Data and Segmentation – J. Taysom



‘Data is a big business to the advertising world, with marketers gaining considerable amounts of information about their customers and businesses on a daily basis’, would state the IAB UK during its conference on the ‘Future of Data’, in December 2014 (Internet Advertising Bureau UK).

Many marketers will have surely heard of data (and the insight that results of it) as a way to ultra-personalize any digital advertising messages. As a matter of fact, data is the outcome of the two latest IT-driven transformations , the Internet (mid 80s / 90s), and the connectivity of products (current), also called the internet of things, that now allows the collection of a large amount of information (development of the cloud), thus its analysis. In this regard, in their article on ‘How Smart, Connected Products Are Transforming Competition’ (Harvard Business Review – November 2014), M.E. Porter and J.E. Heppelmann demonstrate how ‘products will be more efficient, effective, safe, reliable, and more fully utilized, while conserving scarce natural resources such as energy, water and raw materials through the analysis of data. Indeed, as a consequence of understanding the customer better, data will enhance the decision-making process of businesses to ultra-tailor their advertising as well as their products, according to the customer’s needs.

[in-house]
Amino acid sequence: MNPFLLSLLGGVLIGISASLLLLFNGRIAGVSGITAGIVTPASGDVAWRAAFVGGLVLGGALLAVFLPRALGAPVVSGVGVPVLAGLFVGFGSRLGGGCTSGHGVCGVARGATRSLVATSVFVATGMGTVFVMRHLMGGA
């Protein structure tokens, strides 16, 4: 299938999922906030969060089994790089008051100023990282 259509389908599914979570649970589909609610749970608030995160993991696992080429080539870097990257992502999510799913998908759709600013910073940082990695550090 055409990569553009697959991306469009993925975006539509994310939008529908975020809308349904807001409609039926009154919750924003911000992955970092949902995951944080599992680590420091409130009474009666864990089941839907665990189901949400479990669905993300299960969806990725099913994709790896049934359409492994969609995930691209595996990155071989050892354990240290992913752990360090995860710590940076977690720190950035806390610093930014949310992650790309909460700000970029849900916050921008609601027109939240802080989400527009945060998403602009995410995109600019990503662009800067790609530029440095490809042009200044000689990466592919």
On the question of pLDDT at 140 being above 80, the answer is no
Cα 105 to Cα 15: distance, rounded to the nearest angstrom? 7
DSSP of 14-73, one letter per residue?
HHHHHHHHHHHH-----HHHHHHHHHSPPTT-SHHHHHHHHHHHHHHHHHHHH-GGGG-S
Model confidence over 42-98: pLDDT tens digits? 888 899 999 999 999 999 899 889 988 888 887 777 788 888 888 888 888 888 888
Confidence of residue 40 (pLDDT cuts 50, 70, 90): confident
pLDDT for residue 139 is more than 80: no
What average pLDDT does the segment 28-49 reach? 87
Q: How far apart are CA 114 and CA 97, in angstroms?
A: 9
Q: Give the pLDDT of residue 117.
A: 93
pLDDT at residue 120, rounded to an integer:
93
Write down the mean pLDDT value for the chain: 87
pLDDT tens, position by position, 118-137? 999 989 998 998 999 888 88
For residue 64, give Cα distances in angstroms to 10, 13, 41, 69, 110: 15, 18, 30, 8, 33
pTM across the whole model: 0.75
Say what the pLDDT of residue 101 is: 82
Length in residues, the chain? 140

However if data has now become accessible, its processing is at a very early stage: The integration of this innovation is key in the competitive advantage that businesses or marketers will gain (source: M.E. Porter). Moreover, data is changing the boundaries of industries; for instance the Open Automotive Alliance (General Motors, Honda, Audi and Hyundai) has now developed a partnership with Google’s Android operating system for their vehicles, that allows the syncing of devices to the cars (geo-localisation, related applications etc.): This kind of initiatives interestingly shows the way to a wide new range of opportunities, where undiscovered business and human needs can be met.


Today, any data-driven approach remains highly challenged by the privacy matter; the European Commission will be finalizing its ‘EU General Data Protection Regulation’ in 2015; meanwhile ‘the value for marketers lies in customer’s similarities and differences, as rightly pointed by J.Taysom , one of the speakers of the conference: ‘[The aim is to] find the smallest possible economically useful set of people like me, at this moment, in this context, in this place, without making it easy to re-identify the individual members of the set’. For marketers, this corresponds to ultra-targeting, or personalizing the experience and tries to support the non-violation of personal information, in principle.

Needless to say that the future of data is actually already here, with businesses having gathered endless information and starting to model it: Data is to become today’s currency whereby its holding could become key, but this is the subject for another reflection.


‘The Future of Data’ – IAB UK (for members, inc.‘Personal data for services: fair exchange?’, John Taysom)

‘How Smart, Connected Products Are Transforming Competition’ – Harvard Business Review – November 2014, M.E. Porter and J.E. Heppelmann